Investigator: Kathryn E. Ruh, Department of Animal Science, University of Minnesota
Collaborators: Bradley Heins, Ph.D., University of Minnesota – WCROC, Morris, MN
Project Period: 2015-2016
Organic dairy cattle must have at least 120 days on pasture and at least 30% of their dry matter intake must come from pasture forage. Typically, perennial cool season grasses are used in pastures in the upper Midwest, but these grasses experience a decreased period of growth in summer. Warm season grasses have been suggested as a solution to pasture productivity during the decreased growth rate of cool season grasses. In this study the warm season grasses BMR sorghum sudangrass and teff grass were compared to a cool season grass pasture mixture and alfalfa in a dual-flow continuous culture rumen fermentation system to determine forage quality.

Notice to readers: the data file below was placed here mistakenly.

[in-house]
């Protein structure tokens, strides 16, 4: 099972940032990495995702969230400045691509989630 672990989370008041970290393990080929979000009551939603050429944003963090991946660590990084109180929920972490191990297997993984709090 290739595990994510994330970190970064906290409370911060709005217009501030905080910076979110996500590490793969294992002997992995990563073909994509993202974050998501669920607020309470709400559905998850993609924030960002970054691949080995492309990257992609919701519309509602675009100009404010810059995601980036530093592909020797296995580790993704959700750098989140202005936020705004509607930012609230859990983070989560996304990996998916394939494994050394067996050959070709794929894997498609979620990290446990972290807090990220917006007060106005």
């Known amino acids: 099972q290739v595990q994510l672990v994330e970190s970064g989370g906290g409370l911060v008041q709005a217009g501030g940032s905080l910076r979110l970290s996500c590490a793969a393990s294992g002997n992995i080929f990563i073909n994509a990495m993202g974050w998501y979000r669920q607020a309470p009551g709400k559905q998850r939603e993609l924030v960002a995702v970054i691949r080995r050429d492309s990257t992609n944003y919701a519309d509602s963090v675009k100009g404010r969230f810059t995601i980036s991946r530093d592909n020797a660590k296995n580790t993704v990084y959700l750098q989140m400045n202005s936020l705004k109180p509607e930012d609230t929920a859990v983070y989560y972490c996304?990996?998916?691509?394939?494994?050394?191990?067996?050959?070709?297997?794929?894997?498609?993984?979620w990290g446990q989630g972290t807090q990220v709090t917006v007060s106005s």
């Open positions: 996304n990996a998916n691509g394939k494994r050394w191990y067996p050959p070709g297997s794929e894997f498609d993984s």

Pasture management is a very important component of organic dairy farming. Warm season grasses may provide a solution to the summer slump that occurs with cool season grasses in organic dairy pastures. This project will evaluate effects of organic pasture forage digestibility of warm season grasses (BMR sorghum-sudangrass and teff grass), as well as cool season perennial ryegrass and alfalfa that are used in pasture systems in the Midwest. Results will help organic farmers that graze dairy cows to make better pasture management decisions for their cattle. Results were disseminated to stakeholders through extension publications, research center field days, and through online educational materials.
Our objective is to evaluate the effects of organic pasture forage digestibility of warm season grasses (BMR sorghum-sudangrass and teff grass) compared to cool season pasture species (perennial ryegrass and alfalfa) that are used in pasture systems in the Midwest.